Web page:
Pedestrian bridges and suicidal Lagosians

Sir: Lagos and traffic congestion are synonymous when describing life in the Centre of Excellence. The reason is not far-fetched because the city is heavily populated and still increasing. Traffic situation would have become worse by now if the Lagos State Traffic Management Authority (LASTMA) was not established over 20 years ago given the attendant increasing population occasioned by infrastructural development in the state. LASTMA officials, no doubt, do not only manage and control vehicular traffic, they also handle human traffic while on the road. They help some passersby to cross at times especially on busy roads where there are no overhead bridges for pedestrians. Most times, these traffic managers stop vehicles for school children and the elderly ones thereby distracting them from their primary assignment on the road. Traffic flow is impeded when people cross highways where pedestrian bridges are located, thereby giving traffic managers extra work to do.

One begins to wonder why crossing pedestrians find it difficult to make use of the foot bridges built across Lagos. Why will commuters rather prefer crossing busy highways to using the pedestrian bridges? Why would one deliberately embark on a suicide mission knowing fully well the consequence of such action? Is the risk of crossing the highway in a bid to arrive one’s destination on time worth it in real sense? When would all commuters imbibe the culture of using the pedestrian bridge?

Pedestrian bridges are built for safety purposes and to prevent avoidable deaths on the highways but these bridges have become abandoned and turned to places for buying, selling, alms begging and displaying all kinds of body diseases. The government spent a lot of money putting modern concrete pedestrian bridges in place in order to ease traffic flow and reduce highway knockdown of passersby crossing the road. Enforcing the use of pedestrian bridges by commuters will be one good way to prevent or reduce road fatalities. This will be one good way to tame the continued failure of pedestrians to use foot bridges. There have been many reports of hit-and-run motorists, who, on daily basis knock down pedestrians who cross busy highways without using overhead bridges.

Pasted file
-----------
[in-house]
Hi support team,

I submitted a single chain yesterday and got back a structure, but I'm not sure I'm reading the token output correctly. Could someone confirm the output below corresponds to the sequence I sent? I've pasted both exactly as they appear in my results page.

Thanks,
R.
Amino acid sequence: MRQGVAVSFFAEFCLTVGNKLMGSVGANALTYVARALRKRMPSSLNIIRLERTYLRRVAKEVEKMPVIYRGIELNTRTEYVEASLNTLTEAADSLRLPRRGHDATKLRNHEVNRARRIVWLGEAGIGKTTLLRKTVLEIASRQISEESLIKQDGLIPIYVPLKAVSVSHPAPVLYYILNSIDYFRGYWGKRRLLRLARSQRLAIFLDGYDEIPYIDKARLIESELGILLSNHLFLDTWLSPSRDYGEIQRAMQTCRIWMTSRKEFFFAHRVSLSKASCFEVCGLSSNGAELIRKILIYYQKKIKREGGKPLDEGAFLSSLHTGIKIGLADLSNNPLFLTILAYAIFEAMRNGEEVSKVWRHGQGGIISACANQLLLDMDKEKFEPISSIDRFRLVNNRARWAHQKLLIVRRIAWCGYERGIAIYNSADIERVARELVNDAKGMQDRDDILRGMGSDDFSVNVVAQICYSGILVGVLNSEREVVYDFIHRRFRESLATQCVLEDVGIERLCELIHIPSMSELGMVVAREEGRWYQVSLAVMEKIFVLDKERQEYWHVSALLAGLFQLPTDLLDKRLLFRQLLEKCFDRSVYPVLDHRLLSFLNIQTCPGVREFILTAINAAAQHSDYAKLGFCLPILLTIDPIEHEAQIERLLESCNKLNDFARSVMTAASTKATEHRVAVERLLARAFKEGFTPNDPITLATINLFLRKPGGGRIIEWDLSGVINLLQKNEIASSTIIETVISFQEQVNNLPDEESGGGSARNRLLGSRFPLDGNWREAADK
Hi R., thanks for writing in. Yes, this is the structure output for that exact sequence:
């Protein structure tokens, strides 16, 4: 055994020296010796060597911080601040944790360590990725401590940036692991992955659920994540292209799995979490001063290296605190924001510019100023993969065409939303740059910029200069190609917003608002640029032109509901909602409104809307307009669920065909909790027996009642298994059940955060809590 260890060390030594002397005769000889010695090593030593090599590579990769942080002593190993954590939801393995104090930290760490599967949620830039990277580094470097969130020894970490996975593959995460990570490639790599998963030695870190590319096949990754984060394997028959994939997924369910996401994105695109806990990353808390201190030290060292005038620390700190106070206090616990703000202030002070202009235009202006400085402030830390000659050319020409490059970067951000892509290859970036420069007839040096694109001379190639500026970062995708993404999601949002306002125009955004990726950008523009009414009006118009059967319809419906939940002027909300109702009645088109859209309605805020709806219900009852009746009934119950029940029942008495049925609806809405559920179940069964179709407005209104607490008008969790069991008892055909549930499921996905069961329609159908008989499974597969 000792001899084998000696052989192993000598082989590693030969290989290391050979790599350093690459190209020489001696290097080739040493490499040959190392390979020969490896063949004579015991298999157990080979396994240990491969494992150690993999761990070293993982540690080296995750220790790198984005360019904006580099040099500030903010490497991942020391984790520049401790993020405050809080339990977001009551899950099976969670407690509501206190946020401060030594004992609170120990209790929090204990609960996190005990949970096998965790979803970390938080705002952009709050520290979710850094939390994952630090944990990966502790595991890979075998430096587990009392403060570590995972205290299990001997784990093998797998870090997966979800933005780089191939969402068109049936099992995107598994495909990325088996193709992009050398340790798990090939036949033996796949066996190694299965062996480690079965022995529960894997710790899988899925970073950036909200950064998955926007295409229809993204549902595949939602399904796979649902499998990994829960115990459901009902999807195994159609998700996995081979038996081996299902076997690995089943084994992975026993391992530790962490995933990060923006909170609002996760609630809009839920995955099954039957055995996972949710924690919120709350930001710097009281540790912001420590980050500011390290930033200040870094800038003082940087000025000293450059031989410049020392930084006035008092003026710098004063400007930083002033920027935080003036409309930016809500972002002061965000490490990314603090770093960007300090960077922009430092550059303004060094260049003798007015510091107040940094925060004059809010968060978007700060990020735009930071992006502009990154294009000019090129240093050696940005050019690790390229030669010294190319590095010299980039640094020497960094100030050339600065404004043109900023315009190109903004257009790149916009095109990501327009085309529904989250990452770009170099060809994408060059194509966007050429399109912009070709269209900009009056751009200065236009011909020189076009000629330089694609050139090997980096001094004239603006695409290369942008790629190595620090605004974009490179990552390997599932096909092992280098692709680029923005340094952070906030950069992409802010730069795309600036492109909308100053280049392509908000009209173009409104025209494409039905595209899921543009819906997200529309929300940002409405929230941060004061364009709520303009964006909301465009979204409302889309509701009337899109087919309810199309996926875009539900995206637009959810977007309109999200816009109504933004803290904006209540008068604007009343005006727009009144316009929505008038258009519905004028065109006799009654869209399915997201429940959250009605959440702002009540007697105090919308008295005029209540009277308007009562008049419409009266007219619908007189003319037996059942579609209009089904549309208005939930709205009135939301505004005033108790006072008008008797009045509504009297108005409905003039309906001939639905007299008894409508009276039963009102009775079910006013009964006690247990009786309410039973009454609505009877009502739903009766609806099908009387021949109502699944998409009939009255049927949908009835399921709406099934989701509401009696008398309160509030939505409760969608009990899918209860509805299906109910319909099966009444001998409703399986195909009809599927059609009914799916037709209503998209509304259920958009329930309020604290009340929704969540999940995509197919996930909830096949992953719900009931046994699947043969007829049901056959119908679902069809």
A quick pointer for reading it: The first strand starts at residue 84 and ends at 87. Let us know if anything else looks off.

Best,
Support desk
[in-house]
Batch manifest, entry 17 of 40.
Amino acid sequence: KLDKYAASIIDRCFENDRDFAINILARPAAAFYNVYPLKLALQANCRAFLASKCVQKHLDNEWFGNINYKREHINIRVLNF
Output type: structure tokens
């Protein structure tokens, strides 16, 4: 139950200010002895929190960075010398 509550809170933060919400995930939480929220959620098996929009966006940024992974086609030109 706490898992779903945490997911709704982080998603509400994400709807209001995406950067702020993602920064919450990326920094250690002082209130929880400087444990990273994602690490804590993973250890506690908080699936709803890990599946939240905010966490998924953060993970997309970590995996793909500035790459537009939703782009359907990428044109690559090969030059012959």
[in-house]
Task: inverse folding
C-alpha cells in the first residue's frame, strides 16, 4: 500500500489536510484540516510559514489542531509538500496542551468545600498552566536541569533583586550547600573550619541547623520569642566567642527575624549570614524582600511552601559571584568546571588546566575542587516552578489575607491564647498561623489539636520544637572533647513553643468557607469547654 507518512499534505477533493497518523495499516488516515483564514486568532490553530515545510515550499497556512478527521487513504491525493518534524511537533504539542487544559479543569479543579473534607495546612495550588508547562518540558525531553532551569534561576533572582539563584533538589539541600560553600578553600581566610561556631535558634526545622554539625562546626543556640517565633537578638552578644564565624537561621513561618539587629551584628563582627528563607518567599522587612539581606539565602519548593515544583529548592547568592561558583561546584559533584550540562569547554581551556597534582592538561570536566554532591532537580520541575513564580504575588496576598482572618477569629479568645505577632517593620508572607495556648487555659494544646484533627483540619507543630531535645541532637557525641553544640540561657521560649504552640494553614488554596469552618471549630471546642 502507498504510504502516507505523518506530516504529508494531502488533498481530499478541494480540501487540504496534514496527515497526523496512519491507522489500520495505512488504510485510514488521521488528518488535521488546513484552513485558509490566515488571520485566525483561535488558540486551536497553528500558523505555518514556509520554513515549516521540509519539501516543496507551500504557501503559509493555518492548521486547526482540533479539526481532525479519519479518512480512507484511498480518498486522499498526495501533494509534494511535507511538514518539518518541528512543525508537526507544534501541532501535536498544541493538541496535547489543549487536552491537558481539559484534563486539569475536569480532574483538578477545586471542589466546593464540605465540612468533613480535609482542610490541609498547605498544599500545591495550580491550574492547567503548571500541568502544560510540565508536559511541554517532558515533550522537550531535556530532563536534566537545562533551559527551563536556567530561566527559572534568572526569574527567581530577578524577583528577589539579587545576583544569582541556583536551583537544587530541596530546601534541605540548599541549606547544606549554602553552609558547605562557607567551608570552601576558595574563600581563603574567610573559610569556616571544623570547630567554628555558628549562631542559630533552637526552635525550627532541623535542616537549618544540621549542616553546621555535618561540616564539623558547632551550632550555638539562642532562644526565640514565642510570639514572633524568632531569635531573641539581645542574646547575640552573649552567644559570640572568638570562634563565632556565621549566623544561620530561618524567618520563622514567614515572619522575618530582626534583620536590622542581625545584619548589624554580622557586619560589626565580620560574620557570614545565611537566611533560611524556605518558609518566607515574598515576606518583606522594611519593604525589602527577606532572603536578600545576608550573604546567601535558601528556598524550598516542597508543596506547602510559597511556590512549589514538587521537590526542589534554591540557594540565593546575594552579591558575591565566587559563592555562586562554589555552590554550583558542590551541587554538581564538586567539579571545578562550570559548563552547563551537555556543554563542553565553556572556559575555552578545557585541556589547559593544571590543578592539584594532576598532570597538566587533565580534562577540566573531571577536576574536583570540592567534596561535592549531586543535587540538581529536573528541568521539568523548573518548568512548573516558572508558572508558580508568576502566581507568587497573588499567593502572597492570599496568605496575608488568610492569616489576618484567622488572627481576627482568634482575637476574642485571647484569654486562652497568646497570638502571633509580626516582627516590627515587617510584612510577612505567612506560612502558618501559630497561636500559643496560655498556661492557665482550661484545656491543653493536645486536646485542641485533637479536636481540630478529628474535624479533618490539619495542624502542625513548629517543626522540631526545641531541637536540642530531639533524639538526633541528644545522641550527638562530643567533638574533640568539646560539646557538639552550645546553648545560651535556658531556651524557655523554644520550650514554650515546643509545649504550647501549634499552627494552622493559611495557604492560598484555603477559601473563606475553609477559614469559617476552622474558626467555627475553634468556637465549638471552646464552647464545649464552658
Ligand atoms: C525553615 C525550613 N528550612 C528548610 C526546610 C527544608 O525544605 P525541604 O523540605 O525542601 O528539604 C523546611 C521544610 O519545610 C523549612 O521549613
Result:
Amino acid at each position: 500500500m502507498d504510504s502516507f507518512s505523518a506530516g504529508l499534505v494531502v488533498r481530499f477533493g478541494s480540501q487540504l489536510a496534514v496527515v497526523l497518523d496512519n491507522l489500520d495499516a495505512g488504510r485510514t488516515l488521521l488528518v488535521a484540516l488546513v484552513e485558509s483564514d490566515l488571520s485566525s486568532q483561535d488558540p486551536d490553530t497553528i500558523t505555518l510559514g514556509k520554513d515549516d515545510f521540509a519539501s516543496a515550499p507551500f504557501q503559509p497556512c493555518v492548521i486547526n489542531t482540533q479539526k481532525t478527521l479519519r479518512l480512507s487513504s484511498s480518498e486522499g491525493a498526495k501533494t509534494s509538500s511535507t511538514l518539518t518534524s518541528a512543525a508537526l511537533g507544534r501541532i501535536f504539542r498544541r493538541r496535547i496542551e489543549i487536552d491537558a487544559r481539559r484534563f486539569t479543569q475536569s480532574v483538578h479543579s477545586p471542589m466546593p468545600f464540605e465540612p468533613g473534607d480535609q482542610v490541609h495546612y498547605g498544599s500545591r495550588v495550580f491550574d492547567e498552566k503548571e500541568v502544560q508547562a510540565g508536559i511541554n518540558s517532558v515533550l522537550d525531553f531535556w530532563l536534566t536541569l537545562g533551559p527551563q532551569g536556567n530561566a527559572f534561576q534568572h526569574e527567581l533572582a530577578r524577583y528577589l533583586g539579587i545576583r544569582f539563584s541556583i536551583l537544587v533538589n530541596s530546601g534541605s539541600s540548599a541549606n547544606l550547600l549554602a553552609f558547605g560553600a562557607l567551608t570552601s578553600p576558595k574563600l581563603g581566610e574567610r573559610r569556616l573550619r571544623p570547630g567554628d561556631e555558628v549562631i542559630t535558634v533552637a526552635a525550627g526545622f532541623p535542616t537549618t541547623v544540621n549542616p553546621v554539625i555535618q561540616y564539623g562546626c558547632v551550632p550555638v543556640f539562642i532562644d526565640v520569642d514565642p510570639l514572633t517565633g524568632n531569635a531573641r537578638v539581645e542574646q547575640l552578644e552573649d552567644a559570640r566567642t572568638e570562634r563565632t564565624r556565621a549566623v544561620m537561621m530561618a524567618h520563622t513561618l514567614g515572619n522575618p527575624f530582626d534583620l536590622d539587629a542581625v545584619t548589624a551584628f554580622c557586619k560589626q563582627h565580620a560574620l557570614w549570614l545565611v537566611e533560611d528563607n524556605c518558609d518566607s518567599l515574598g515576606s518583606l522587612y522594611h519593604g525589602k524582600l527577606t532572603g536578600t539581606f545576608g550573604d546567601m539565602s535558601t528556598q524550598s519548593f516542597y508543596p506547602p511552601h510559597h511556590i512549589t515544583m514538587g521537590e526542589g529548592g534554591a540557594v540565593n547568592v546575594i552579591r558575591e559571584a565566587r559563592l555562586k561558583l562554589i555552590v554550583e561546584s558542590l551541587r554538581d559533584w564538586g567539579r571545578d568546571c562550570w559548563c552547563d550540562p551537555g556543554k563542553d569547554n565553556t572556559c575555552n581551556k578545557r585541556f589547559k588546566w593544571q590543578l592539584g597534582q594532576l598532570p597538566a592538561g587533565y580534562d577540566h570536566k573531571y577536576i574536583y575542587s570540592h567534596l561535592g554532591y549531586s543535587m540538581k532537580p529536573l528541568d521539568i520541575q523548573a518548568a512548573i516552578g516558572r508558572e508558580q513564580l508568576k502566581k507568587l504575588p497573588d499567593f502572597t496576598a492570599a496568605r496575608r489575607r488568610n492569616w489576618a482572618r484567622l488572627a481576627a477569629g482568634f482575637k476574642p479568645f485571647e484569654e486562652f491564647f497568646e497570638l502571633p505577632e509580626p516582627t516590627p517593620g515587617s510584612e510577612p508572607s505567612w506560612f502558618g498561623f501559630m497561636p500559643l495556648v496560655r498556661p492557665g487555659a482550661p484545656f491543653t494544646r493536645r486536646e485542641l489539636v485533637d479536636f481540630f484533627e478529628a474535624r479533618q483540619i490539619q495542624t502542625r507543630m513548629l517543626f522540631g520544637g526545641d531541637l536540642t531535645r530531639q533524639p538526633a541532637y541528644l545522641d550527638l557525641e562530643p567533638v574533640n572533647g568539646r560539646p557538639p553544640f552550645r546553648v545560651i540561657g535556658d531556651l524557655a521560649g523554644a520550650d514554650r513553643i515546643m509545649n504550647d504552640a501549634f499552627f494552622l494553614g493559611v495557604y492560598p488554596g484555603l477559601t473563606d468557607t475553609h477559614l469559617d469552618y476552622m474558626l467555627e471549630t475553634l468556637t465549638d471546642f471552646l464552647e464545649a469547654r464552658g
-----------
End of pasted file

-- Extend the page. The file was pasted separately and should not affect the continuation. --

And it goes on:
While there are still many places in Lagos today needing overhead bridges for pedestrians crossing, it is unfortunate that the existing and newly built ones are not being used by pedestrians. Some old iron-built bridges have also become death traps as they may collapse if the use by many is frequent. Some abandoned bridges have also become hideouts for pickpocketing and other criminal activities.

One good way of ensuring that pedestrians use the footbridges is by making public the continuous arrest and prosecution of offenders who cross highways. The publication of the names of defaulters and offenders in media space would serve as deterrence to pedestrians with such intentions. Pedestrian bridges should also not be constructed too high to cater for the acrophobic folks.